5. International Human Rights Law and Organizations
Since 1948 an elaborate body of international human rights law has developed through state practice, the work of international courts, and multilateral treaty making. Dozens of human rights treaties are now operative within organizations such as the United Nations, the Council of Europe, and the African Union. Some of these treaties have been ratified by more than three-quarters of the world's countries. This section sketches the development of international measures to promote and protect human rights. Efforts to protect human rights through international treaties began in 1919 in the League of Nations and expanded after World War II with treaties such as the Genocide Convention (1948), the European Convention on Human Rights and Fundamental Freedoms (1950), and the International Covenants on Civil and Political Rights and on Economic, Social, and Cultural Rights (both 1966). The international promotion and protection of human rights complements the legal protection of human rights at the national level.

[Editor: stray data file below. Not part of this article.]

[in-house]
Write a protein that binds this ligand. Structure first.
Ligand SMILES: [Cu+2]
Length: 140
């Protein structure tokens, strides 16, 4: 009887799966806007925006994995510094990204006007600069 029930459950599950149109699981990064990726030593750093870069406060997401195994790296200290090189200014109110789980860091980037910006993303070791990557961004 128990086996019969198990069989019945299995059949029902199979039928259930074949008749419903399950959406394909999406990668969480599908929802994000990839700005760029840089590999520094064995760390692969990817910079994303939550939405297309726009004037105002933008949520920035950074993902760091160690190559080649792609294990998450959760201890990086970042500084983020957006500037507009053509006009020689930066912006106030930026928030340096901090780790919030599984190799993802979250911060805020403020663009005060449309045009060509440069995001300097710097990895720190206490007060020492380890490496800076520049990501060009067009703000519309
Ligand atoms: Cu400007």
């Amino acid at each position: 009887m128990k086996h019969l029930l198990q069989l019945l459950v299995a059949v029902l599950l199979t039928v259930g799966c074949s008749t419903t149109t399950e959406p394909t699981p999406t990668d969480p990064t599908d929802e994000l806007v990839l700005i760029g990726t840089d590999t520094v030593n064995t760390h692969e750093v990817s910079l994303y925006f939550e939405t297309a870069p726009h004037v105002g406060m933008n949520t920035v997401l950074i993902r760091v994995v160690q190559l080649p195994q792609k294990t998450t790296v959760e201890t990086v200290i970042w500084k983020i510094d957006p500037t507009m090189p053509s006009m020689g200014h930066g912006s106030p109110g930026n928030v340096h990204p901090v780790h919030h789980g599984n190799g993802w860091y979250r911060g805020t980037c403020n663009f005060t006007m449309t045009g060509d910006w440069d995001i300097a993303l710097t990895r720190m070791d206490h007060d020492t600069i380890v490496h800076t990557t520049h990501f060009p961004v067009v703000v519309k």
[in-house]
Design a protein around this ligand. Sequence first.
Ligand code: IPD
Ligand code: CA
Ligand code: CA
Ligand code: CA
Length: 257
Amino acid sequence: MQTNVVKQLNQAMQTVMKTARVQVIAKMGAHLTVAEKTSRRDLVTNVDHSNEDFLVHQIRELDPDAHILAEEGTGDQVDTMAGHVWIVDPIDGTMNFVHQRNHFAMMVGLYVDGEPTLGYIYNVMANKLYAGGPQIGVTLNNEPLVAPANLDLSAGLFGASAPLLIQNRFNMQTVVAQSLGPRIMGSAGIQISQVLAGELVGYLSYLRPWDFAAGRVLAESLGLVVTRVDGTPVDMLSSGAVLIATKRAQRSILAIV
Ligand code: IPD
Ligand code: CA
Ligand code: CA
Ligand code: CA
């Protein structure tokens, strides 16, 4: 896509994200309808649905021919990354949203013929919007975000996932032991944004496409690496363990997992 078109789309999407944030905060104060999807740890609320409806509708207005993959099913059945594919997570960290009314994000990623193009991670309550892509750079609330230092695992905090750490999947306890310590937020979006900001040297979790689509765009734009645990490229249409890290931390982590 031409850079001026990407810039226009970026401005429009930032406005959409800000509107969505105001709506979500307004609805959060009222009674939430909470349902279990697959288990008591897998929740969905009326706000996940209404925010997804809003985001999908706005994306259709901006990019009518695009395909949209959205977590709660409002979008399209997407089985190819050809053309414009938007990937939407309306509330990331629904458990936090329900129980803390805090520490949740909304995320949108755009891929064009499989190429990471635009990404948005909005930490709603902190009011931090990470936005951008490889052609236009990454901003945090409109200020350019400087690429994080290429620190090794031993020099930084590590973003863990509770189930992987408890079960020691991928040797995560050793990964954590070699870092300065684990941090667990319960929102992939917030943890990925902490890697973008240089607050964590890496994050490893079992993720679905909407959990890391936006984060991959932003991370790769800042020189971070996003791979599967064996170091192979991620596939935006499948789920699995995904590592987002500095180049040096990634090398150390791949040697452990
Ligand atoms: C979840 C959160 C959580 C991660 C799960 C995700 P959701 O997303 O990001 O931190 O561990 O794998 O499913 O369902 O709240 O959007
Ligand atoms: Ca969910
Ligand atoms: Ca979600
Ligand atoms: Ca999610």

* 5.1 Historical Overview
* 5.2 United Nations Human Rights Treaties
* 5.3 Other Human Rights Agencies within the United Nations
* 5.4 Regional Systems
* 5.5 The International Criminal Court
* 5.6 Promotion of Human Rights by States
* 5.7 Nongovernmental Human Rights Organizations
* 5.8 The Future of Human Rights Law
5.1 Historical Overview
When a government violates the human rights of its residents the victims may be able to appeal to the country's laws or bill of rights and get a court to order that the violations stop and that the government provide remedies. If suitable national laws and bills of rights are unavailable, however, victims of human rights violations may want help from international law and organizations. Traditionally, international law did not confer rights and protections on individual persons; its concern was exclusively the rights and duties of countries...